Our current issue encourages you to embrace winter and its singular pleasures. like going on Indiana’s signature joy ride and getting a change of (still seasonal) scenery. Once you’ve taken curling classes, made a pilgrimage to the Veal Ice Tree, and braved the Polar Plunge, you going to need to defrost. Head to one of these hot springs or thermal baths to warm you back to life.
Drive time: 9 hours, or an hour from Orlando
This Central Florida town is home to several natural warm-water springs. This particular one is known for its surrounding concrete wall, overrun with lush forest greenery. Combine the beautiful backdrop with a water temperature hovering near 75 degrees and you’ve got a popular swimming hole that welcomes visitors year-round. The entrance is shallow and only gets as deep as 8 feet. Just pay the $10.70 state park admission, and you’re in—for floating, snorkeling, tubing, or paddling. If you love it, there are four more to try in Ocala National Forest.
Hot Springs, Arkansas
Drive time: 9.5 hours, or an hour from Little Rock
Although Hot Springs National Park boasts 47 natural hot springs, they’re far too scorching for swimming. To enjoy the warmth, you’ll have to book some time at a local bathhouse, where they pipe in the water at a reasonable temperature. At Quapaw Baths and Springs, you’ll have your choice of four spring-fed pools as well as a steam cave ($25). This water source is said to contain the most healing minerals. Looking for a more private option? A stay at Hotel Hale includes an in-room natural mineral soaking tub (from $225/night). You’ll definitely be ordering room service.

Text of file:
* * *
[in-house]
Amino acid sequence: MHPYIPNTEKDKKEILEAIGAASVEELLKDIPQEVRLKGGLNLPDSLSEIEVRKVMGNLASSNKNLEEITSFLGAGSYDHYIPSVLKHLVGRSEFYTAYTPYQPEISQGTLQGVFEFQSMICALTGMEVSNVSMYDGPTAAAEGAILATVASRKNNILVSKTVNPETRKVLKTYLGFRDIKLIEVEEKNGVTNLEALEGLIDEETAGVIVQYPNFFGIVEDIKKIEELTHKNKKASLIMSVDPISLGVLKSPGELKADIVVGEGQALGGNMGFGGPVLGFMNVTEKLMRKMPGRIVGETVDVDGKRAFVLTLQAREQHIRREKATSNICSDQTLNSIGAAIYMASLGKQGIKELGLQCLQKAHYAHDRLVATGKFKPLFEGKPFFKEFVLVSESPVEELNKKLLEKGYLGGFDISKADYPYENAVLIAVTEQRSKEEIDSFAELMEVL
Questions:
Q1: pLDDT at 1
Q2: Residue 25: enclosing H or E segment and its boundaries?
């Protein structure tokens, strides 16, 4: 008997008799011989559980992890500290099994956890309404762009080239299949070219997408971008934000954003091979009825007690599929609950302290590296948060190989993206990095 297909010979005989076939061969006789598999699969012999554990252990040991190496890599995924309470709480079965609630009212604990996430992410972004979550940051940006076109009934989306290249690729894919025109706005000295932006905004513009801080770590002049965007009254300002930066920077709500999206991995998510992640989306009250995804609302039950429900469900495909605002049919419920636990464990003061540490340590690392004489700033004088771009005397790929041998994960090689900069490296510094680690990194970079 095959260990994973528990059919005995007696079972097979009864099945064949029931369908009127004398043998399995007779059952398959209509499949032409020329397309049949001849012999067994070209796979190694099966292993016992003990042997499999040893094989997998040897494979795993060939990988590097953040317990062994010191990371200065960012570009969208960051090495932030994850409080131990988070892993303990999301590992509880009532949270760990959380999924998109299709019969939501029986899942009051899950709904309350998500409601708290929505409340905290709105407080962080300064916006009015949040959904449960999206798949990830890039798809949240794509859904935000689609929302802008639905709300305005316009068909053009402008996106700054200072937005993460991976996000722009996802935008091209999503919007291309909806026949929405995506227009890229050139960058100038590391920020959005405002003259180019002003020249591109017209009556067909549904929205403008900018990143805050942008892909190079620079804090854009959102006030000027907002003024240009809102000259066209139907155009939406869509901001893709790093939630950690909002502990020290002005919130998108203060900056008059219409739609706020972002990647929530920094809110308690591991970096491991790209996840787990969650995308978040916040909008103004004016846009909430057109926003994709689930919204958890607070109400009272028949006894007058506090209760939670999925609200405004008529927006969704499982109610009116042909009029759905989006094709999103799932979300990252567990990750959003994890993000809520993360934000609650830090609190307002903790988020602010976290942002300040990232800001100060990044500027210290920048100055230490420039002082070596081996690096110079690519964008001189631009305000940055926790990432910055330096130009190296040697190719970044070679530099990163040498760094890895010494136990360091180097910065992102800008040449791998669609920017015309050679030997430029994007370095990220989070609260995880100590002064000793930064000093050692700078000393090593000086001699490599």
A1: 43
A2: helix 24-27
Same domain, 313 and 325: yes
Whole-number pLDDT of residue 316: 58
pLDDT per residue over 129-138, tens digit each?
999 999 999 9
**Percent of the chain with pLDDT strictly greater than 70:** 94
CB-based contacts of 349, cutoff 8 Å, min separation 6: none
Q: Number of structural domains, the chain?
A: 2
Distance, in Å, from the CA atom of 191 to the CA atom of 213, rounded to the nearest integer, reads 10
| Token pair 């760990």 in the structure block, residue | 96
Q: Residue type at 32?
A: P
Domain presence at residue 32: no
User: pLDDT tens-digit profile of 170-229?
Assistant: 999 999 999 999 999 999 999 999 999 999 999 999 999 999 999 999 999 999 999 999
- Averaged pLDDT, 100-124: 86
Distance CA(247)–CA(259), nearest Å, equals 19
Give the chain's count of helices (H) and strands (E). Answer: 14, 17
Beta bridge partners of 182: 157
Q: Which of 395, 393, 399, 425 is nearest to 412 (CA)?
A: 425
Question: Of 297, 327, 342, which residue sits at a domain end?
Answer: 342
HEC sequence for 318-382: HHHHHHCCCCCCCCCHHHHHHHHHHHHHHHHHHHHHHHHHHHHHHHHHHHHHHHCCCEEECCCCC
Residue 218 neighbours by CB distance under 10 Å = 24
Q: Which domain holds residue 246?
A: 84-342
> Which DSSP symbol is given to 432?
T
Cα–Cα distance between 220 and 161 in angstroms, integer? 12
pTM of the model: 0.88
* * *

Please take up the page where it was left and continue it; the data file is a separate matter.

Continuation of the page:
Aire Ancient Baths
Drive time: 3 hours
Experiencing the baths at Aire is called a Thermal Tour. Guests rotate through a set of pools at different temperatures and mineral properties, all under the cover of wooden beams, high ceilings, exposed brick, and candlelit walkways. After an hour and a half, you’ll be feeling the zen, but you can add on a massage package for maximum relaxation (from $145).
The Original Springs Hotel
Drive Time: 3.5 hours
This spa destination has been offering mineral soaks since 1868. While the water isn’t hot straight from the source here, it is heated to a temperature of 111 degrees. The hotel itself, while a bit outdated, has an interesting enough history–the founder offered the first bath in 1868 with the help of an area farmer who had worked in the Baden Baths in Germany. A $25 day pass for visitors includes access to a mineral bath, dry heat room and heated indoor pool. Hotel guests can enjoy the services for $15.
Berkeley Springs State Park
Berkeley Springs, West Virginia
Drive time: 7.5 hours, or 2 hours from Arlington, Virginia
Natural springs throughout the park hold crystal-clear and mineral-heavy water. The natural temperature is around 74 degrees, but the nine local bathhouses nearby heat the water for added benefits. The options are abundant: private or group soaks, whirlpool or traditional experiences, massage or sauna add-ons. Take a few bottles of spring water for the road.
The Spa at French Lick
French Lick, Indiana
Drive time: 2 hours
Just looking for a warm soak, healing benefits aside? This area in southern Indiana is known for its mineral springs, but it’s actually Pluto water—not quite as gentle. While it’s said Pluto water will destress and moisturize the skin, it is high in sulfur. Which means you’ll smell it. A soak here will run you $145. May we suggest opting into the essential oil add-on, as well?